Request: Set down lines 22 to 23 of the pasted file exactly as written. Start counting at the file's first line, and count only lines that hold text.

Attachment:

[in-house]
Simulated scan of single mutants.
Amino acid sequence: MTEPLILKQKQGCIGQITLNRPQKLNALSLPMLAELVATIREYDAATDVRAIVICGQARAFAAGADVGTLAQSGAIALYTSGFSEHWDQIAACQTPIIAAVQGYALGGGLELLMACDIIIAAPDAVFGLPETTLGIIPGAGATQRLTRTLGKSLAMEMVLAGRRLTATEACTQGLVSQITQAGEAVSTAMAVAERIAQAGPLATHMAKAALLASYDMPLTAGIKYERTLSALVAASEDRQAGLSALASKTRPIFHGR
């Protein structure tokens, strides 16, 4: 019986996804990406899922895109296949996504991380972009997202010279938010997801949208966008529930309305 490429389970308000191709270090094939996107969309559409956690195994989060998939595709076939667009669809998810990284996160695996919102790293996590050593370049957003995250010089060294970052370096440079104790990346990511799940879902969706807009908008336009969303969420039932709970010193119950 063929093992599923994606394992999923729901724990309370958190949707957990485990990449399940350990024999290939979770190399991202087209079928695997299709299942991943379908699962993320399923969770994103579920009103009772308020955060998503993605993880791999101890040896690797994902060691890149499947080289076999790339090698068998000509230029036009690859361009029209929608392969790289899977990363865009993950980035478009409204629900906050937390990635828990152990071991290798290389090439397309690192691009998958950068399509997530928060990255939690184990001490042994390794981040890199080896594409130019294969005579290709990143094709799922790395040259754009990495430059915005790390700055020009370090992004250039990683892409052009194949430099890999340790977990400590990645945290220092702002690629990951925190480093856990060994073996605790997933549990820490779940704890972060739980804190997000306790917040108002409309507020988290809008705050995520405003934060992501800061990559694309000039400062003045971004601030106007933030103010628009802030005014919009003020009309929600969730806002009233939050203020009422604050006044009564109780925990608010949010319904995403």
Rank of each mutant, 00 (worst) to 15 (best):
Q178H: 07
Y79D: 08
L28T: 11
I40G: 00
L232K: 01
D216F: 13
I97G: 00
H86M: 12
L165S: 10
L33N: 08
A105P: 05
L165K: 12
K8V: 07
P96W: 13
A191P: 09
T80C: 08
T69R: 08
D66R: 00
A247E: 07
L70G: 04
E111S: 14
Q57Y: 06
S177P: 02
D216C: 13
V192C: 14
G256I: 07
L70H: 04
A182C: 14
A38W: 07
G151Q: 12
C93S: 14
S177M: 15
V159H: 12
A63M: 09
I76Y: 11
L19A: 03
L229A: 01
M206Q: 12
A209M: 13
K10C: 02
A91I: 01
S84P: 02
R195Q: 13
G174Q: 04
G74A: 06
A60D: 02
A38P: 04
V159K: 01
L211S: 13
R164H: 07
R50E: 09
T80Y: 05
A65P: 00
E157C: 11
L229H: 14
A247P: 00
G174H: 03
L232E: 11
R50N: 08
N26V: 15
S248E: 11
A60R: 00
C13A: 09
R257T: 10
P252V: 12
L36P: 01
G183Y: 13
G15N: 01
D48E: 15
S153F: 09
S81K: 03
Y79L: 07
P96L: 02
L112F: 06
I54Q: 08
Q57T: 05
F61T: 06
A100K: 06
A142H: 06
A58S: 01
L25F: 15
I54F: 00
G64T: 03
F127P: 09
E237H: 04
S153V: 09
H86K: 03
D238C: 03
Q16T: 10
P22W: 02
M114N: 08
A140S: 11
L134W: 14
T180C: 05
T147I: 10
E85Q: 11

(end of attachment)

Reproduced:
T69R: 08
D66R: 00